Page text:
Wednesday, 24 August 2011
Back from a lengthy trip to the Balkans where I basked like a lizard in the Mediterranean sunshine. But back in England now, a bit lighter, a bit browner, and braced for the onset of autumn.
The first post of the month is about Army of Darkness, a new free iPad app from Backflip Studios. It is inspired by the Bruce Campbell film of the same name, which featured the eponymous time travelling, zombie hunter Ash. In this game Ash and his human allies are defending a castle against an undead horde.
The game plays left to right: as Ash you must prevent attacking skeletons and zombies (and other critters like mini Ashes) from reaching your base. Armed with your trusty 'boom stick' (shotgun), you are effectively engaged in a fighting retreat, slowing the advancing horde by killing as many undead as you can.
Other weapons are available, like The Wrong Book, which can be used to banish undead, and a hail of burning arrows. But these weapons take time to recharge, so as Ash you need to judge their application precisely, usually when the undead are clustered together and you can take out a whole clump of them.
In addition, you have a Blacksmith who makes new troops for you. These range - thus far - from peasants and men-at-arms at the low levels, to more powerful troops like knights and heroes later on. There also seems to be a wizard character. Part of the game's tension is created by having to balance the additional time it takes the Blacksmith to make the more expensive fighters, against the urgent need to throw troops into the battle line. Peasants, while cheap, can still slow down the rampaging zombie horde at crucial moments.
Ash can pick up gold coins and lead bars when he advances back over territory held by the undead, providing some incentive to take the troops forward. Gold coins can be used to buy upgrades between levels, and lead can be used by the Blacksmith to make troops faster. I have to admit I feel the constant temptation to cower behind my doughty troops, picking up coins from under their feet as they advance, then scampering away if they get massacred. Not very heroic, perhaps, but then this is Ash, isn't it?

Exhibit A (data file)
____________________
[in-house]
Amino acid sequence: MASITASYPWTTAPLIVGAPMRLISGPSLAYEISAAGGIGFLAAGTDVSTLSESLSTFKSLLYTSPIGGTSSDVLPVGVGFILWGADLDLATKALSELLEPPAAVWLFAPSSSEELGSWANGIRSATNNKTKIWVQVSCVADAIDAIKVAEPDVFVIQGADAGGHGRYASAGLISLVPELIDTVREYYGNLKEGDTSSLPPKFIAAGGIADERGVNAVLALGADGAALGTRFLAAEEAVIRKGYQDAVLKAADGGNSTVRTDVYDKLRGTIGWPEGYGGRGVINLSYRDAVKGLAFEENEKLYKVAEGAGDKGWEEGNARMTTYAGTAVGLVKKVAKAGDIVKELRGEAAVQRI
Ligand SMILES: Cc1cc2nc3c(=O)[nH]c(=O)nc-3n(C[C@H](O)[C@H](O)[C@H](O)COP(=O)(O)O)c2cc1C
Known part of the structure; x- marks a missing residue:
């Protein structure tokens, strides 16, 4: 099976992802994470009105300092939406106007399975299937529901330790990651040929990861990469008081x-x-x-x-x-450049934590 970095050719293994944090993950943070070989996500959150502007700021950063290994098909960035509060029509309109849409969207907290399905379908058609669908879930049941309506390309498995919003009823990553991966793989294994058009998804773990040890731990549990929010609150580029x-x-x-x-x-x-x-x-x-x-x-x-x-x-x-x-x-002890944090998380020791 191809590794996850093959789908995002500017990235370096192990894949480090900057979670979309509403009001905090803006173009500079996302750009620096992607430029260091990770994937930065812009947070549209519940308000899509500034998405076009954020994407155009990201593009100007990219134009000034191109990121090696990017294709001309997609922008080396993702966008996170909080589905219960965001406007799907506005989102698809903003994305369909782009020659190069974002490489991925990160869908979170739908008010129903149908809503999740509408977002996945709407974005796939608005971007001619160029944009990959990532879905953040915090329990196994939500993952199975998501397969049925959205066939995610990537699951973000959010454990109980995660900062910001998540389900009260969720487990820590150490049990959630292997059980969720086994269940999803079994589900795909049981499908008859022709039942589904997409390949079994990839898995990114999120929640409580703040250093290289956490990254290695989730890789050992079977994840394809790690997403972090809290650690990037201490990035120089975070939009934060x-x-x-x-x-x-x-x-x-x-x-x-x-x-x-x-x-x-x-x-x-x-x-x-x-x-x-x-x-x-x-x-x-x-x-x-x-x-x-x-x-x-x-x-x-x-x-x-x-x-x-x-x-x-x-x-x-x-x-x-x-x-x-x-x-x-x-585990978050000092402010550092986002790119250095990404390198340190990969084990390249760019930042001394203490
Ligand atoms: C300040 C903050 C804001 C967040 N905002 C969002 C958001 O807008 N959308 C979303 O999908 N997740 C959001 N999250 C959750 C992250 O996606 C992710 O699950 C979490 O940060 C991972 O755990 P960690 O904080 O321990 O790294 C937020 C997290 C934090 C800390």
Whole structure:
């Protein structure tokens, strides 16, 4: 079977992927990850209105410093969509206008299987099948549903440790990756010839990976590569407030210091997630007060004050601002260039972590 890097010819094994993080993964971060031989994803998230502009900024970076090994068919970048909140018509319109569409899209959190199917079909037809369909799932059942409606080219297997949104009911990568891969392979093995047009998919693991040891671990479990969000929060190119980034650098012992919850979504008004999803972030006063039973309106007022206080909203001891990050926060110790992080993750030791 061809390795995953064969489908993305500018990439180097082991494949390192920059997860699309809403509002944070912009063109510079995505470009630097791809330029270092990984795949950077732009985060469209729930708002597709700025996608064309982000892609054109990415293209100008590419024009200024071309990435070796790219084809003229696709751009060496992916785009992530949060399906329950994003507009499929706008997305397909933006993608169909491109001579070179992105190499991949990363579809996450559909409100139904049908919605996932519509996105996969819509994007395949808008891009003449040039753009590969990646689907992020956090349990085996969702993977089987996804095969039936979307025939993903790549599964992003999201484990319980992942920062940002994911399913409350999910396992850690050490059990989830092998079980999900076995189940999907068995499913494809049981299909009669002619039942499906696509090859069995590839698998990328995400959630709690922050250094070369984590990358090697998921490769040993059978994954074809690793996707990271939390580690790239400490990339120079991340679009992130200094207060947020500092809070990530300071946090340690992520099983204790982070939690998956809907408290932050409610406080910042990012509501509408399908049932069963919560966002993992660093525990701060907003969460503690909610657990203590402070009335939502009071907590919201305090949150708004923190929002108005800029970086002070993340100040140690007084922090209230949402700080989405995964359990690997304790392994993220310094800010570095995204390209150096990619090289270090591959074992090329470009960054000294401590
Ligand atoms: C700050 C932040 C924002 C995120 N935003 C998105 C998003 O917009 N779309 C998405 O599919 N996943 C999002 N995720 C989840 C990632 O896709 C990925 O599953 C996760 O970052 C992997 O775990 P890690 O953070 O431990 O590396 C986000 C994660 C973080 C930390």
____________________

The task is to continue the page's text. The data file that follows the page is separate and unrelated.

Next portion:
AoD is an addictive little game. My son has now got his sticky mitts on it, and taken my Ash from 7th level up to 40th, so I'm probably going to find myself completely outgunned next time I switch it on. The sound track is also decent, featuring music from the film, and characteristic quotes from Ash when various events happen. The undead have their own banter with which to taunt you as well!
I've not been gaming on the iPad for very long, it has to be said, but this is one of the better games I've played on it so far, along with Reiner Knizia's Samurai.
Not much gaming going on otherwise at the moment - many people are away on their holidays, having children, etc. I may see if I can get a boardgame in over the next couple of weeks, and there is the final replay of Ashak Rise from Bloodbath At Orc's Drift to look forwards to.